EDWARD J COX

EDWARD J COX - SSGT

  • HOMETOWN:
  • mount holly
  • COUNTY:
  • Burlington
  • DATE OF BIRTH:
  • December 14, 1930
  • DATE OF CASUALTY:
  • January 24, 1966
  • BRANCH OF SERVICE:
  • Army
  • RANK:
  • SSGT
  • STATUS:
  • KIA
  • COUNTRY:
  • South Vietnam

Biography


Edward J. Cox was born on December 14, 1930.  He was a native of Jeanette, PA, and left Penn Township High School in 1949 to join the Army.  His home of record is Mount Holly, NJ. Cox was married with eight children.

Cox, a career US Army veteran, was a former instructor at Fort Dix and had been in Vietnam eight months serving as a platoon sergeant with A Company, 2nd Battalion, 327th Infantry Regiment, 101st Airborne Division.  He attained the rank of Staff Sergeant (SSGT).

Cox was killed in action on January 24, 1966, by a sniper bullet.  He was posthumously awarded the Silver Star for gallantry in action, after he rescued a wounded man while under fire in a rice paddy.  He was cited for “unimpeachable valor in close combat, exemplifying the highest ideals of the Army.”

Cox was awarded numerous medals, awards and appointments.  Some of these include: two Purple Hearts, the General Patton Award for Excellence, Airborne Jumpmaster, 1st Army Rifle Team Instructor, Expert Marksman, Combat Infantryman, Master Parachutist and Special Forces Member.  During his long military career, he was stationed all over the world.  Some of his assignments were long in duration, including American Samoa, Fort Benning, GA (as an Airborne Infantry Instructor), Pittsburgh, PA (as a Nike missile system specialist); as well as numerous shorter posts in Bordeaux, France, Marburg and Schaffenburg, Germany, Vienna, Austria, throughout Europe, New Jersey, and finally Vietnam.

Cox was buried in Beverly National Cemetery in Beverly, Burlington County, NJ. 

My father had eight children at the time of his death, two girls and six boys.  He was married to Margaret L. Cox (nee Wagner). He is buried with my mother at Beverly National Cemetery in Beverly, NJ. Dad was a career Army soldier. He was a distinguished member of the 1st US Army Rifle Team, an expert Marksman and weapons instructor. He was the Distinguished Graduate of the 7th Army’s NCO Academy. He was awarded the General Patton Award for Excellence.  Dad earned the Silver Star for “Gallantry in Action” on the day of his death.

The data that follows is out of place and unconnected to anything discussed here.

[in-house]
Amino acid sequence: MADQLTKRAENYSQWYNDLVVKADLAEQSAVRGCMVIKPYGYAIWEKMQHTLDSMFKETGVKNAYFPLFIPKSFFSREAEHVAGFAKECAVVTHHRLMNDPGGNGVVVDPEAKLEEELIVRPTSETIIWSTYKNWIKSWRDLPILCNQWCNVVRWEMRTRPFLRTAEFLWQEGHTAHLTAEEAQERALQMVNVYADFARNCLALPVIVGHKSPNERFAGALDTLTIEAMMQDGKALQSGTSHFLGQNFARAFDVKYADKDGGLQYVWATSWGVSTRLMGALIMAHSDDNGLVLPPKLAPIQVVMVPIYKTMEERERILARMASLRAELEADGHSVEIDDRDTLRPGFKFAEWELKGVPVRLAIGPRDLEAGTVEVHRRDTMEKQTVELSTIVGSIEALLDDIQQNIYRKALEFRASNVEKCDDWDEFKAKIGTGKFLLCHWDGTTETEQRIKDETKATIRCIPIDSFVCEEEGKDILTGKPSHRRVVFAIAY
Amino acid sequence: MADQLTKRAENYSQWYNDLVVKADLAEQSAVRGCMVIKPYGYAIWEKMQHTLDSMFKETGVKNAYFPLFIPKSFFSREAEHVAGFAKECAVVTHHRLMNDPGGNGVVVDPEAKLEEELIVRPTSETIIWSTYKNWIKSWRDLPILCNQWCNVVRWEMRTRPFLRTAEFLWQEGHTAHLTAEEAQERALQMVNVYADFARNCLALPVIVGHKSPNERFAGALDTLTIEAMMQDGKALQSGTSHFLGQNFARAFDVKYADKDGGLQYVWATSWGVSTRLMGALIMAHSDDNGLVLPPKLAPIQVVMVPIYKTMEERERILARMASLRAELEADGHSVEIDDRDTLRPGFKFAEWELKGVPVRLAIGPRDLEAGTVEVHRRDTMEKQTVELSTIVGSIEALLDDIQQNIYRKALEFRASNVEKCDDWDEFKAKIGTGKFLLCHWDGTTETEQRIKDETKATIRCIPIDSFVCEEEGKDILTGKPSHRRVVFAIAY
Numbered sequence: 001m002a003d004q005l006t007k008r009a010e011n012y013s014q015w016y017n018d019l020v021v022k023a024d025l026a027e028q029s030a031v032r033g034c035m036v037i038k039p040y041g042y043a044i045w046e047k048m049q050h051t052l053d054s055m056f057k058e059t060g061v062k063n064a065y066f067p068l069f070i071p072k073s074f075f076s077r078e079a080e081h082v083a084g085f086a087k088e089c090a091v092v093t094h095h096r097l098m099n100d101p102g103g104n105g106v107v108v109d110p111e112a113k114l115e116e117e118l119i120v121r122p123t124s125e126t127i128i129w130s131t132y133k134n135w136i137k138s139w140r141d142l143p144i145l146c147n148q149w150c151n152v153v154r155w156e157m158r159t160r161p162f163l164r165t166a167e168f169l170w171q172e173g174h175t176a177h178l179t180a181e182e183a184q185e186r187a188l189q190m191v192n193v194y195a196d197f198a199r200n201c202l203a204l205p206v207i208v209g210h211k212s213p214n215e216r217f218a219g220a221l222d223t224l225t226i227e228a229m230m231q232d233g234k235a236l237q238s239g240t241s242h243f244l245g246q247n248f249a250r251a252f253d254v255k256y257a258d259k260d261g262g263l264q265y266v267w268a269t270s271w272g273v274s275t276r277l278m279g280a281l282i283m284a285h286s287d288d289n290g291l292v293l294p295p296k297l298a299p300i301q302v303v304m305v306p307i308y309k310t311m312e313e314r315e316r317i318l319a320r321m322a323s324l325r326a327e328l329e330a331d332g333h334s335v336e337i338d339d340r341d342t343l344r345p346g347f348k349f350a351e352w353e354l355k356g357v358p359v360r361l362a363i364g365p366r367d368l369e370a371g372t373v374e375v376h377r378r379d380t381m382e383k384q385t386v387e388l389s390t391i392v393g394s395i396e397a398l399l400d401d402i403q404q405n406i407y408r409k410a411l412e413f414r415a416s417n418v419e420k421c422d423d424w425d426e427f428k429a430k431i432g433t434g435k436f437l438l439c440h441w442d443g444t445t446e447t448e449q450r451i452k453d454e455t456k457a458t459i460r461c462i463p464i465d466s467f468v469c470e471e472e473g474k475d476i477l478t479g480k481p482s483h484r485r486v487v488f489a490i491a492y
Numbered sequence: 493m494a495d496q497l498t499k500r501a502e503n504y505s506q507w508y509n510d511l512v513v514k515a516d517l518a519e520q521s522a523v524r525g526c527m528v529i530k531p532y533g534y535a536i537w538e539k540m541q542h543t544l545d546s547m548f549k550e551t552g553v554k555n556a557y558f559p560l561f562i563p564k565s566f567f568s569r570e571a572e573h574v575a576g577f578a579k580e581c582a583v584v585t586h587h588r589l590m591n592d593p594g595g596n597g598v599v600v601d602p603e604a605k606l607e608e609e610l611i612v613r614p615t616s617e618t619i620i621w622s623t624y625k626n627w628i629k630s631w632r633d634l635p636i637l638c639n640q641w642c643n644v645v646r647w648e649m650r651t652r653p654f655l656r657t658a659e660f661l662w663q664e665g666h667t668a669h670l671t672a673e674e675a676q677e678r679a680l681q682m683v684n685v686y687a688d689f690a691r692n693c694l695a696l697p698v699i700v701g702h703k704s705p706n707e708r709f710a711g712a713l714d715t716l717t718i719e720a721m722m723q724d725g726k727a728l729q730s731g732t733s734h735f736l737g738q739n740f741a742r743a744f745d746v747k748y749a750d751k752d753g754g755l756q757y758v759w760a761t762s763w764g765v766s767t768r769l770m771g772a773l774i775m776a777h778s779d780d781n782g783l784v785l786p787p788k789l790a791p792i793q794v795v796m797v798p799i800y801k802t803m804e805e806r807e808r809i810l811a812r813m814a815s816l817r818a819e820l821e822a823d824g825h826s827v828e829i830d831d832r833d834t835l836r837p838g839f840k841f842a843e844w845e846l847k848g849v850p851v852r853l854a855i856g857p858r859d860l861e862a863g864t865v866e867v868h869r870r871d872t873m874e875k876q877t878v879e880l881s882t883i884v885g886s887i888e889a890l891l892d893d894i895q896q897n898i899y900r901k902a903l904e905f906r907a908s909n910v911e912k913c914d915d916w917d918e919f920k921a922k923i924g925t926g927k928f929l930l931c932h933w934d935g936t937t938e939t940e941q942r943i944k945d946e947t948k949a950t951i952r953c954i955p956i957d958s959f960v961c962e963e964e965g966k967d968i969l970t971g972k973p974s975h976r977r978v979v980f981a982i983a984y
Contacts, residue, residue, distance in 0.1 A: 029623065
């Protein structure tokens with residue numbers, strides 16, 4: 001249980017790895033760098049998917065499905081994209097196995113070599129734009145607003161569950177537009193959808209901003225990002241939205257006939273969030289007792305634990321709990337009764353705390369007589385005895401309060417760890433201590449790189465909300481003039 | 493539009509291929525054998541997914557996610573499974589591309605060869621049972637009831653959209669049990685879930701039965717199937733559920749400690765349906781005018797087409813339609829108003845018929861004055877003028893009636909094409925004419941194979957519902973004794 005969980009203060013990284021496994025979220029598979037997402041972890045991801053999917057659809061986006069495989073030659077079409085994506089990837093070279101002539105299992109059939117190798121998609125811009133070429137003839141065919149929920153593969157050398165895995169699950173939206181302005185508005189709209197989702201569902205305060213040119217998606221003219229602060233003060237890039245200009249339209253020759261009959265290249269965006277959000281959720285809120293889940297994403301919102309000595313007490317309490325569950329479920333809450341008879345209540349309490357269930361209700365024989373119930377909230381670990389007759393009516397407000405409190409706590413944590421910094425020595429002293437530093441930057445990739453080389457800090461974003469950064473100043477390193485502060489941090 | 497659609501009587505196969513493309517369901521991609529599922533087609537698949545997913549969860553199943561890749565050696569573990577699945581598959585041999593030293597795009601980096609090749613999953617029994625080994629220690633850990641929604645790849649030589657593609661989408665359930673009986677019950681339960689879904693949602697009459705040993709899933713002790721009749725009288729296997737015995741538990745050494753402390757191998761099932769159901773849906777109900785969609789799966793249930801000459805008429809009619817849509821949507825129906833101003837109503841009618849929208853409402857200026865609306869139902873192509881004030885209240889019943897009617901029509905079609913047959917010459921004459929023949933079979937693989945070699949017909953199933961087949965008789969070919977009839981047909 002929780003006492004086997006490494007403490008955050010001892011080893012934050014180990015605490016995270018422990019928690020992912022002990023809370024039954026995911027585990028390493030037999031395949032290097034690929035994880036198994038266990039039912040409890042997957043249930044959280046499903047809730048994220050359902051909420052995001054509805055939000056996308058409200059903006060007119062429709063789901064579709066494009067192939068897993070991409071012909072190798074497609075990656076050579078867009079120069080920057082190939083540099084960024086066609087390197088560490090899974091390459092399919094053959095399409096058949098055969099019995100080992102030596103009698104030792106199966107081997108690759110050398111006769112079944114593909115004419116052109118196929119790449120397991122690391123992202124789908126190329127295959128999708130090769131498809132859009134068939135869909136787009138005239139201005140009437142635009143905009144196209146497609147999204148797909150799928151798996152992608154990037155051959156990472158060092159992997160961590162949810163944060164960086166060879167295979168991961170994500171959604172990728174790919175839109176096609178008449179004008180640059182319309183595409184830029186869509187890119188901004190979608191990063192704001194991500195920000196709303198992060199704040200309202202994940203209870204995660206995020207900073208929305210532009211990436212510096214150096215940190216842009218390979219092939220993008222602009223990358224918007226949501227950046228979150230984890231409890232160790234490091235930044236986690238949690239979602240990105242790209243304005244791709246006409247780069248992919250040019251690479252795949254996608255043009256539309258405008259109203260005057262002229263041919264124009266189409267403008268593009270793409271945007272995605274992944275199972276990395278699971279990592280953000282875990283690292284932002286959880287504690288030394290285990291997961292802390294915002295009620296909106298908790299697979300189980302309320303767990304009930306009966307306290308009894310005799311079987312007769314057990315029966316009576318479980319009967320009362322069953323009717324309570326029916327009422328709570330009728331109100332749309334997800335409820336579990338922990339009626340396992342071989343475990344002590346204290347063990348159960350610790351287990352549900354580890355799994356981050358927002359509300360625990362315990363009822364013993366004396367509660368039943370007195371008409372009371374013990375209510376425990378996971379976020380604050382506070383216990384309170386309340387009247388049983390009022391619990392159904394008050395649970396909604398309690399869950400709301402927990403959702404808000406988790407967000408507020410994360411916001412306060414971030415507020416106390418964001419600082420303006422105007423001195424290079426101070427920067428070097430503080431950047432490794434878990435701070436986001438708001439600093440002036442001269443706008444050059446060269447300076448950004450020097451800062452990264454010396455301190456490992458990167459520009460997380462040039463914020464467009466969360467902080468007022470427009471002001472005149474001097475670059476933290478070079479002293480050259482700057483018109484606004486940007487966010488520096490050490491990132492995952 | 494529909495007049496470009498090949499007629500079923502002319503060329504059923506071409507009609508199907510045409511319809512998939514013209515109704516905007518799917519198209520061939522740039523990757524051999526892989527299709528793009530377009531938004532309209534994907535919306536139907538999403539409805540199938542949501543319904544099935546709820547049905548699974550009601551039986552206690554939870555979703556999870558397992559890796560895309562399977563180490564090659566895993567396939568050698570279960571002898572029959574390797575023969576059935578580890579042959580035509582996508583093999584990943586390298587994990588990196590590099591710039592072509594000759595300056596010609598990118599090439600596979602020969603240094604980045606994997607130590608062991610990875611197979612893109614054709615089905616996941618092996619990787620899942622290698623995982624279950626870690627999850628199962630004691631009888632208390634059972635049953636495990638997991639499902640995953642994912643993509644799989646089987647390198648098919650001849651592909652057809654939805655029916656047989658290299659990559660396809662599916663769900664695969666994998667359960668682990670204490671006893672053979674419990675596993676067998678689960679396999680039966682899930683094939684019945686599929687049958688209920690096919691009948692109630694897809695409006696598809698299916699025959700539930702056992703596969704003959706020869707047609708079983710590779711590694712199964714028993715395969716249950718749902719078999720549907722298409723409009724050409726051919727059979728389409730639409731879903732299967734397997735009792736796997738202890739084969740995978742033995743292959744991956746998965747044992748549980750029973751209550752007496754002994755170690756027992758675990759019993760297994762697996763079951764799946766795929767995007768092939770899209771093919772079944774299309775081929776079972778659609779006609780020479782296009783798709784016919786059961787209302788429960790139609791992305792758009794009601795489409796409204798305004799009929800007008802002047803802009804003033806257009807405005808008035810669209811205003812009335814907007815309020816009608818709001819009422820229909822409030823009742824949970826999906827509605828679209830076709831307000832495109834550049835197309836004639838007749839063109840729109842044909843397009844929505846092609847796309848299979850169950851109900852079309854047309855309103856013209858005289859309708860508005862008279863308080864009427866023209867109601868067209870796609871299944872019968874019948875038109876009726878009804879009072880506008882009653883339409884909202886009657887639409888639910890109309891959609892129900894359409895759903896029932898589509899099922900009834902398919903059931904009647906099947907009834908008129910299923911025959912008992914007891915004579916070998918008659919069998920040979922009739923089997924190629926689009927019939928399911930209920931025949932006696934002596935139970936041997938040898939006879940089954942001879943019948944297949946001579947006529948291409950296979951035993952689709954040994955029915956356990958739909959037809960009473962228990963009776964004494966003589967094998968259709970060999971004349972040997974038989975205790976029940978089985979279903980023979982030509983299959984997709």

Written by Edward Cox, Son

I vividly remember the day the Army came to the house with the Next of Kin notification. I'll try to provide you with what I can.  I remember Ed Cox as my father.  He met my mother while stationed in Germany around 1949.  My mother was a divorcee after the war and worked for the American Army.  I can't provide more details on that issue except her five brothers were vehemently violent against him.  I remember when Ed Jr. was born.  I lived with my grandmother in Marburg, while Ed and my mother lived wherever he was stationed.  Some time in the early 50's we went to live in Bussac, France.  From there we moved to Bad Tolz, Germany, where Ed won his Green Beret with the 10th Special Forces.  This was about 1954.  From there we moved to the states.  Ed went to a Nike Ajax anti-missile battery assigned to protect the greater Pittsburgh area.  We lived in Jeannette, PA, the city of his birth.   We went back to Germany, and were stationed at Aschaffenburg with the 3rd Infantry Division, when I was in the 5th grade.  We lived there until 1961, when we moved to Mt Holly NJ.  Ed was a recruiter for the 101st Airborne at Fort Dix, NJ.  I remember in 1965, Ed had me drive with him to Fort Campbell with the intent of driving the car back to New Jersey.  We got down there and everybody was given some sort of special leave so we drove back and he joined the outfit by plane.  He went to Vietnam aboard the ship, the General LeRoy Eltinge (AP-154), a real “rust bucket”, from what I have heard.  I spoke with Ed briefly when he was in the Philippines being treated for Malaria.  I remember I had a 1956 Lincoln Premier red convertible.  I enthusiastically told him about it and he said "you’re still car crazy".  It was fully restored, had he been able to see it he would have understood.

Written by George Kuerner, Stepson

Sources: Edward Cox (son), George Kuerner (stepson) and NJVVMF.

 

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